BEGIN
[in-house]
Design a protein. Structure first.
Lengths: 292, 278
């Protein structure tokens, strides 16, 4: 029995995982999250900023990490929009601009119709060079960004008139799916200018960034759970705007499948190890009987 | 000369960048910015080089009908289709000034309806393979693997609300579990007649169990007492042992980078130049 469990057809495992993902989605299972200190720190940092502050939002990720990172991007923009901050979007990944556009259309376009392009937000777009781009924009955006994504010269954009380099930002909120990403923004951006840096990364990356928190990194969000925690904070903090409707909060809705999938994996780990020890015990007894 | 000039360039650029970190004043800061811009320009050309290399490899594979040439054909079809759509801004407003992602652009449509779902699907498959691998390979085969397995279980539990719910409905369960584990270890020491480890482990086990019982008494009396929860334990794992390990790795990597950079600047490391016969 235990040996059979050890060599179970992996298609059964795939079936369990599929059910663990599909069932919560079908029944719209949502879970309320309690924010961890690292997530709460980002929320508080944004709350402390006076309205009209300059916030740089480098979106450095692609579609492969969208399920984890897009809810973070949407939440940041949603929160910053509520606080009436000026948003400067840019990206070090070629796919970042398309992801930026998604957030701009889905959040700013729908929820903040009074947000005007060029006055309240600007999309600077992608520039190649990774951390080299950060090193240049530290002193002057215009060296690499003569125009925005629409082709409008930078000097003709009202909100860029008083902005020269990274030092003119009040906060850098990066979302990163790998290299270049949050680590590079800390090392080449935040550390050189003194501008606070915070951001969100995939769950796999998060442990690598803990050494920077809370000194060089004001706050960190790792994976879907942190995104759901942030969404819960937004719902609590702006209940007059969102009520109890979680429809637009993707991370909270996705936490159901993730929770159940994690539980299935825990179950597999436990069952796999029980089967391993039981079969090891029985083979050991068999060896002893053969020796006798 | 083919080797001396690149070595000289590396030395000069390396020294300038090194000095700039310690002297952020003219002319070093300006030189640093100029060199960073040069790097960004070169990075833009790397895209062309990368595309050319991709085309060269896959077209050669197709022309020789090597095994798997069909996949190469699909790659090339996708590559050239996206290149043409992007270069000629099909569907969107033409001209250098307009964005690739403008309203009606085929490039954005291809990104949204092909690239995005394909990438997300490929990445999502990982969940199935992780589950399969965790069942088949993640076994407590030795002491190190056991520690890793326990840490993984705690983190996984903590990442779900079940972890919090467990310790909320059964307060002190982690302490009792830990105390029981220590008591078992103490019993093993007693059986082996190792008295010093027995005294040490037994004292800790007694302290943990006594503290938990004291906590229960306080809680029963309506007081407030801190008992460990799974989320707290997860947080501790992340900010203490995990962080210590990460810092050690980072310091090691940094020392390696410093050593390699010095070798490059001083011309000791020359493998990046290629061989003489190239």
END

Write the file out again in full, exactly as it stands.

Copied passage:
[in-house]
Design a protein. Structure first.
Lengths: 292, 278
């Protein structure tokens, strides 16, 4: 029995995982999250900023990490929009601009119709060079960004008139799916200018960034759970705007499948190890009987 | 000369960048910015080089009908289709000034309806393979693997609300579990007649169990007492042992980078130049 469990057809495992993902989605299972200190720190940092502050939002990720990172991007923009901050979007990944556009259309376009392009937000777009781009924009955006994504010269954009380099930002909120990403923004951006840096990364990356928190990194969000925690904070903090409707909060809705999938994996780990020890015990007894 | 000039360039650029970190004043800061811009320009050309290399490899594979040439054909079809759509801004407003992602652009449509779902699907498959691998390979085969397995279980539990719910409905369960584990270890020491480890482990086990019982008494009396929860334990794992390990790795990597950079600047490391016969 235990040996059979050890060599179970992996298609059964795939079936369990599929059910663990599909069932919560079908029944719209949502879970309320309690924010961890690292997530709460980002929320508080944004709350402390006076309205009209300059916030740089480098979106450095692609579609492969969208399920984890897009809810973070949407939440940041949603929160910053509520606080009436000026948003400067840019990206070090070629796919970042398309992801930026998604957030701009889905959040700013729908929820903040009074947000005007060029006055309240600007999309600077992608520039190649990774951390080299950060090193240049530290002193002057215009060296690499003569125009925005629409082709409008930078000097003709009202909100860029008083902005020269990274030092003119009040906060850098990066979302990163790998290299270049949050680590590079800390090392080449935040550390050189003194501008606070915070951001969100995939769950796999998060442990690598803990050494920077809370000194060089004001706050960190790792994976879907942190995104759901942030969404819960937004719902609590702006209940007059969102009520109890979680429809637009993707991370909270996705936490159901993730929770159940994690539980299935825990179950597999436990069952796999029980089967391993039981079969090891029985083979050991068999060896002893053969020796006798 | 083919080797001396690149070595000289590396030395000069390396020294300038090194000095700039310690002297952020003219002319070093300006030189640093100029060199960073040069790097960004070169990075833009790397895209062309990368595309050319991709085309060269896959077209050669197709022309020789090597095994798997069909996949190469699909790659090339996708590559050239996206290149043409992007270069000629099909569907969107033409001209250098307009964005690739403008309203009606085929490039954005291809990104949204092909690239995005394909990438997300490929990445999502990982969940199935992780589950399969965790069942088949993640076994407590030795002491190190056991520690890793326990840490993984705690983190996984903590990442779900079940972890919090467990310790909320059964307060002190982690302490009792830990105390029981220590008591078992103490019993093993007693059986082996190792008295010093027995005294040490037994004292800790007694302290943990006594503290938990004291906590229960306080809680029963309506007081407030801190008992460990799974989320707290997860947080501790992340900010203490995990962080210590990460810092050690980072310091090691940094020392390696410093050593390699010095070798490059001083011309000791020359493998990046290629061989003489190239």